While preparing our recent review of the adidas Sobakov it was necessary to wade through adidas’ marketing materials for the new model. There was a naïve hope that it would provide a few hard facts about the Sobakov’s origin; unsurprisingly, it contained precious few facts of any kind.
It’s a common issue with sneaker manufacturers: new models that pique the interest of inquisitive consumers will inevitably end up leaving them with a lot of unanswered questions about the shoe.
The most logical thing in such situations is to contact the manufacturer directly, and in this particular case to ask adidas for more information about the Sobakov. We tried – several times – but at the time this was written adidas’ communications departments (both the global and Canadian offices) have not bothered to reply to any of our numerous email requests.
Relying on popular sneakerhead websites or large retailers is an equally futile approach. Predictably, most are nothing more than echo chambers for the manufacturers’ marketing campaigns. And when it came to the Sobakov, none could explain the origin of its name let alone make an attempt at diving into the true ethos of the shoe.
This left us with adidas’ marketing and sales rhetoric that attempted to tap into the sentimentality of aging football fans. It read like a manufactured backstory, a forced narrative based less on discussions with those who had been responsible for the shoe’s design, and more on the imagination of an advertising department. And similar to how adidas promoted many of its other models, the Sobakov narrative dove into the seemingly bottomless well of English football culture stereotypes.
Simply stated, the Sobakov is meant to be another terrace tribute shoe. While it can be argued that football terraces are not unique to England, the global perspective associates terraces with English stadiums because of the violence (and deaths) in 1989 that lead to them being phased out during the early 1990s.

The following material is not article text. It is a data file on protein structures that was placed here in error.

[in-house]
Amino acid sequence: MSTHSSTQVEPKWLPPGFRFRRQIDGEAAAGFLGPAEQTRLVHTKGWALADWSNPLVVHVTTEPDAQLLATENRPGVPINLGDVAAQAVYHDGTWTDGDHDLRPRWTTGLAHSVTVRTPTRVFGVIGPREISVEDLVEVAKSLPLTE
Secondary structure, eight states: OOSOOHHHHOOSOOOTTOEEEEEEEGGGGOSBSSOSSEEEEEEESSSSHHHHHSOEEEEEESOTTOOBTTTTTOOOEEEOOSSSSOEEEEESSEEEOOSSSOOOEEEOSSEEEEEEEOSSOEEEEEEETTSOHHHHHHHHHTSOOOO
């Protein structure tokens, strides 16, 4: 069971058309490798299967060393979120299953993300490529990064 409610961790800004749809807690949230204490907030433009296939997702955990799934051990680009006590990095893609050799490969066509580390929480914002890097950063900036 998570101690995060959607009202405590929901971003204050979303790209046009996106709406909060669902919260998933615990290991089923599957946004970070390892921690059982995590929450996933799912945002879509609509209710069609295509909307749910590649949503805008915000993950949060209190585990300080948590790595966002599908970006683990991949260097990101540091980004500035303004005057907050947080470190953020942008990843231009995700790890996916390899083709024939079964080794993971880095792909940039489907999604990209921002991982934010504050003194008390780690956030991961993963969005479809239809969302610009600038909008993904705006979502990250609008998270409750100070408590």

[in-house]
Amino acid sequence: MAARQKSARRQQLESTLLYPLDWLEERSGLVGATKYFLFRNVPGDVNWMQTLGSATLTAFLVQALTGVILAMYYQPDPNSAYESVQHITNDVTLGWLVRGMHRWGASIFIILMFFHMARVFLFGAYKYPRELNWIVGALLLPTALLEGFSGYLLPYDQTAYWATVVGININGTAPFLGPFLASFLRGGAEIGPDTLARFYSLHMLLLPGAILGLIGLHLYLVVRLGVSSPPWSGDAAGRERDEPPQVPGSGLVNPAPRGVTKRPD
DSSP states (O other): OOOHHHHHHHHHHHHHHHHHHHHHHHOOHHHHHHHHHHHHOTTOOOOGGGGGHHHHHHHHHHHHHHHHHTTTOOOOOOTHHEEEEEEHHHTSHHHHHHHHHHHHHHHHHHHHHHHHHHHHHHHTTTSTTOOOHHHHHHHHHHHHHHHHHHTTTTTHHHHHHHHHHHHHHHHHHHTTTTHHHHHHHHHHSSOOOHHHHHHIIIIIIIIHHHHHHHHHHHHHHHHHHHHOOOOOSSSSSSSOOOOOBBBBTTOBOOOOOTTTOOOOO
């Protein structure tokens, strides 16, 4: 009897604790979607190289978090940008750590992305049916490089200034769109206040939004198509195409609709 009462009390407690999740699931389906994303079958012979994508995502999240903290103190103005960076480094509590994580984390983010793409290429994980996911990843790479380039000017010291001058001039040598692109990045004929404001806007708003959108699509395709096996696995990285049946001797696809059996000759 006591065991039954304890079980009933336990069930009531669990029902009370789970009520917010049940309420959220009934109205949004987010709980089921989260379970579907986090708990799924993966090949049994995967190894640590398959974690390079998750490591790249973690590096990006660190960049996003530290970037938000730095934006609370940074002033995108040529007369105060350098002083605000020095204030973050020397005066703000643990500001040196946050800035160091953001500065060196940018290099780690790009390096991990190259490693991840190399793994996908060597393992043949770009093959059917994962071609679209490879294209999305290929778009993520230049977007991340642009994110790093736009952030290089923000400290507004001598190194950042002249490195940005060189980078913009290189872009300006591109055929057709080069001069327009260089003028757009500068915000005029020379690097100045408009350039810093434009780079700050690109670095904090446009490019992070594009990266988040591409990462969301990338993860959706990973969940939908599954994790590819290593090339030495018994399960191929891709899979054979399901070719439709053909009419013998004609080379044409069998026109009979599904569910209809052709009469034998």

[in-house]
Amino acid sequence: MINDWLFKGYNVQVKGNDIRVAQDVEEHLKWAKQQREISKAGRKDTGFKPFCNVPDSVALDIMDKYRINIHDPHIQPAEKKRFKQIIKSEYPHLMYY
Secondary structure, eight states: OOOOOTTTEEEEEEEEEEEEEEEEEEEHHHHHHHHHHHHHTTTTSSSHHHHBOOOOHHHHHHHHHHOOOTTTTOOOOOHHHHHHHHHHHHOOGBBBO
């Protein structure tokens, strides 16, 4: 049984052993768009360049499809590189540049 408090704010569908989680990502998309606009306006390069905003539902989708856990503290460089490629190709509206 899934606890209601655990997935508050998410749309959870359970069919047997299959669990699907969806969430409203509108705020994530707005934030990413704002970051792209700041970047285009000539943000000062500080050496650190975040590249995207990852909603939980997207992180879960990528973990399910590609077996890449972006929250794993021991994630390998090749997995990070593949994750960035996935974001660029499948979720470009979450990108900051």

Given football’s international appeal, why does adidas keep pegging its products as something unique to England? For a sneaker buyer in Canada (and most other countries), it creates the impression that adidas is stuck in an English loop, and that seemingly endless romancing of English terrace culture is something that most people in the world wouldn’t be able to relate to.
This makes the promotional media for the Sobakov all the more questionable as it presses home the theme of bored, sullen young men, embodying the stereotypes of football hooligans. Is this really what the Sobakov is about? The entire concept seems implausible. Are the brooding boys in the hood portrayed by brooding fashion models really rushing to buy the Sobakov because it supposedly pays tribute to a cultural phenomenon that was before their time?
It would be nice to know the real story behind the Sobakov, because on its own it represents a superlative design. For starters, what’s the deal with its name? Is there some World Cup connection we’re unaware of given that the shoe was released during a World Cup year? Or does it have something to do with the town of the same name located in northern Czech Republic, population thirty?
We’ll continue to dig, but until we find the answers to our questions the Sobakov will remain yet another mass-produced sneaker with a dissociative identity. Getting to the bottom of the Sobakov story has so far been an experience much like trying to find Waldo. That might seem like a dated comparison to make, but it will make as much sense to the latest generation of sneaker buyers as adidas’ romancing of terrace culture will.